2 dashes Fee Brothers Whiskey Barrel-Aged bitters
1 dash absinthe
Stir ingredients over ice and strain into a chilled cocktail glass. Garnish with a lemon twist.
Back story: During eight years spent scooting around South and Central America, Marc Gold discovered the glories of rum and touted it to his brother, Seth, back home in the States. Together, they began checking out the more flavorful, obscure brands of rum, getting into different styles. In South America, they focused particularly on ultrasmooth Havana Club - made in Cuba and illegal in the United States but not elsewhere. Teaming up with Seth's brother-in-law Robert Herzig and pop star Bruno Mars, a fellow rum aficionado whose manager had gone to day camp with Seth, they pooled money and put together a business plan in 2010.
After disappointing trips to meet with distillers in Guatemala and California, the partners locked into a seemingly insane idea: Track down 75-year-old Francisco "Don Pancho" Fernandez, a master blender who had created the Havana Club that they loved. Don Pancho, however, had exiled himself to a jungle distillery in Panama, where he selectively produced small batches for high-end clients. Once found, he was intrigued by the challenge of making white and flavored rum fine enough to sip on the rocks.
Over the course of several trips, the partners worked with Don Pancho to distill two rums that pay homage to the Cuban masterpieces he had previously created. Others, apparently, appreciate the effort. Selvarey's cacao rum snagged the chairman's trophy at this year's Ultimate Spirits Challenge, and Tasting Panel magazine gave the white rum a 94 and the cacao iteration a 95.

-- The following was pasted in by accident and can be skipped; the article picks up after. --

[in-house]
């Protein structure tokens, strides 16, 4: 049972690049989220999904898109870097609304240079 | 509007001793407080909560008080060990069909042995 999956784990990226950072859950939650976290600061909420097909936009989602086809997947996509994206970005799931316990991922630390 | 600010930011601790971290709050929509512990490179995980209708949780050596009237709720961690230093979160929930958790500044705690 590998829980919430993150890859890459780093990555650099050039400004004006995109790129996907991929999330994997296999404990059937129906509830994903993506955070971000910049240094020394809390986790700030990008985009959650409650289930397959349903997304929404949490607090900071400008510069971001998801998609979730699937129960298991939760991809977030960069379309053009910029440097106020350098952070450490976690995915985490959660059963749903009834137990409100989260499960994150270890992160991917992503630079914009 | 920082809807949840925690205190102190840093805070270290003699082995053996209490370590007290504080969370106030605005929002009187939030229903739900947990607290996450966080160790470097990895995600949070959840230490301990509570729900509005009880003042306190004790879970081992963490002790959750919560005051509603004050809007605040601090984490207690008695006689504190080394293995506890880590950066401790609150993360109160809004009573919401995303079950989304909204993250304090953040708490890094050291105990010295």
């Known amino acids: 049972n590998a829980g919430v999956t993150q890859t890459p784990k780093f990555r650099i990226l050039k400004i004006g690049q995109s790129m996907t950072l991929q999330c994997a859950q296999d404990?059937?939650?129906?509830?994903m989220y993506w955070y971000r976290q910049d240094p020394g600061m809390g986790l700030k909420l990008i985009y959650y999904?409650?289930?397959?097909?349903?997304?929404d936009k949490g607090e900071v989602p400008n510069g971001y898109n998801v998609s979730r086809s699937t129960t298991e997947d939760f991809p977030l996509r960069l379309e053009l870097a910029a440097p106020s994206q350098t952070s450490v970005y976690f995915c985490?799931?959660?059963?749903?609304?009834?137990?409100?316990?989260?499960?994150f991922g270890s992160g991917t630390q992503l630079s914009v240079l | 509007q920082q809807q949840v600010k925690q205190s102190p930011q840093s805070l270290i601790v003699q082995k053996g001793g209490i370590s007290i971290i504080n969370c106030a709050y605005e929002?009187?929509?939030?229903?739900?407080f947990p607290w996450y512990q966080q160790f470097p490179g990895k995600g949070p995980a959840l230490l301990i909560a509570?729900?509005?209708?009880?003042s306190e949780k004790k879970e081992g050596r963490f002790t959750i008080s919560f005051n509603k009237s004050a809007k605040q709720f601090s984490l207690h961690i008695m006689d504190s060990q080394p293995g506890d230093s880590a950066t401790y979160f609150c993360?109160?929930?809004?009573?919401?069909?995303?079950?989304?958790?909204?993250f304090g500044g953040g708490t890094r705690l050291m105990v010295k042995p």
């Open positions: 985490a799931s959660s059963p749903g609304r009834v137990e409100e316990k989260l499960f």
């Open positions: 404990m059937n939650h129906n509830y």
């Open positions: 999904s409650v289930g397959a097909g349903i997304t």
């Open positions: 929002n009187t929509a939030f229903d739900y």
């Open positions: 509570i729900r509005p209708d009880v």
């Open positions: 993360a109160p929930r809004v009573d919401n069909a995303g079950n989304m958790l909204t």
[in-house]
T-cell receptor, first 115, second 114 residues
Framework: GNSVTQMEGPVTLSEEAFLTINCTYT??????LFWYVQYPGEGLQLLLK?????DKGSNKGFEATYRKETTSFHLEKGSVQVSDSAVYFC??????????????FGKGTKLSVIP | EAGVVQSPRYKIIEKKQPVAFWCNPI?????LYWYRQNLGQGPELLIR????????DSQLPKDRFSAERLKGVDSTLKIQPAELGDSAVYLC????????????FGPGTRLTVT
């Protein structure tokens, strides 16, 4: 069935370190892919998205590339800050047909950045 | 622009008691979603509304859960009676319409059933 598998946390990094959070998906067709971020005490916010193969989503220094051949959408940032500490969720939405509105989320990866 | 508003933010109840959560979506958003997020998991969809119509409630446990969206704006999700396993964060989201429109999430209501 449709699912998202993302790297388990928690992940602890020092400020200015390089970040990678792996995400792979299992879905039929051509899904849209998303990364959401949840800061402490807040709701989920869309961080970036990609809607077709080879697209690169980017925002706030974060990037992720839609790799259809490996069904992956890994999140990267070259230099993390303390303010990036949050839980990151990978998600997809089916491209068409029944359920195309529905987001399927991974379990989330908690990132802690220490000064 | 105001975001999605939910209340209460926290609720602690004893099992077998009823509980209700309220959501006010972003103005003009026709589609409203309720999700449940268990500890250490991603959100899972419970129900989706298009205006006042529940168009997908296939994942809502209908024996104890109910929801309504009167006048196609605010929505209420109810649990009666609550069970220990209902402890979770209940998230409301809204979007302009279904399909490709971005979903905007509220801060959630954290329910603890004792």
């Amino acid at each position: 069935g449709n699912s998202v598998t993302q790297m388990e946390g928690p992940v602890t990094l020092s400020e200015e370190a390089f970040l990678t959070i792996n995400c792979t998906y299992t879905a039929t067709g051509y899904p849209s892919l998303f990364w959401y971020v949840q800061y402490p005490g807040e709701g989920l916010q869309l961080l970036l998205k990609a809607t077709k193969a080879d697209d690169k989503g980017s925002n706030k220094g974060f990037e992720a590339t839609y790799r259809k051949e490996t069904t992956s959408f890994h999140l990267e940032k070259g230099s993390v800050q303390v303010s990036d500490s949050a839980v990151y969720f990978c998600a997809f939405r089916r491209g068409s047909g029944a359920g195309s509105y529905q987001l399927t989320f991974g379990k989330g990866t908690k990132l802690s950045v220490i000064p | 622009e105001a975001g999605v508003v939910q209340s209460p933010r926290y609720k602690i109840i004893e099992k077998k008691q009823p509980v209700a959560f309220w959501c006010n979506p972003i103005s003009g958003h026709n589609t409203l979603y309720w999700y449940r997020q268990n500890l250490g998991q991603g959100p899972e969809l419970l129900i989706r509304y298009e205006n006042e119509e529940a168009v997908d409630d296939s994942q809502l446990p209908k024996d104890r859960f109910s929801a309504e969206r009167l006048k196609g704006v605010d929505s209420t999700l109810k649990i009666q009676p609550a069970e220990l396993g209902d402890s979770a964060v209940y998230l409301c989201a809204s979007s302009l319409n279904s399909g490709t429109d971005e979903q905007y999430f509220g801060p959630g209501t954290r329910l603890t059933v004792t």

Newest pours: The white rum ($25) gives off citrus flavors, grassy notes, and a nice undercurrent of vanilla caramel that comes from barrels in which the rum has been aged. From the cacao rum ($29), there's cocoa, chocolate, and a hint of bourbon, courtesy of whiskey barrels used in aging.
Philosophy: "From the outset, our benchmark was to create a white rum that you could easily sip on the rocks and really enjoy," says Seth Gold. "But the reality is that hardly anybody orders rum on the rocks. So it also has to work with Coca-Cola and in a mojito. The idea was that, for starters, people could upgrade the rum they drink in their cocktails. From there, we'll get them to try sipping it on the rocks."
If it's not in your local shop: Order online from hitimewine.net
More info: selvarey.com
Grilled Pineapple Daiquiri
from LA mixologist Aidan Demarest
Begin by grilling chunks of pineapple until they develop a crystallized char on the outside. Soak the charred pineapple in a carafe of Selvarey white rum for 24 to 48 hours. The rum will turn a brownish shade and the pineapple, once removed from the liquor, will be delicious to munch on.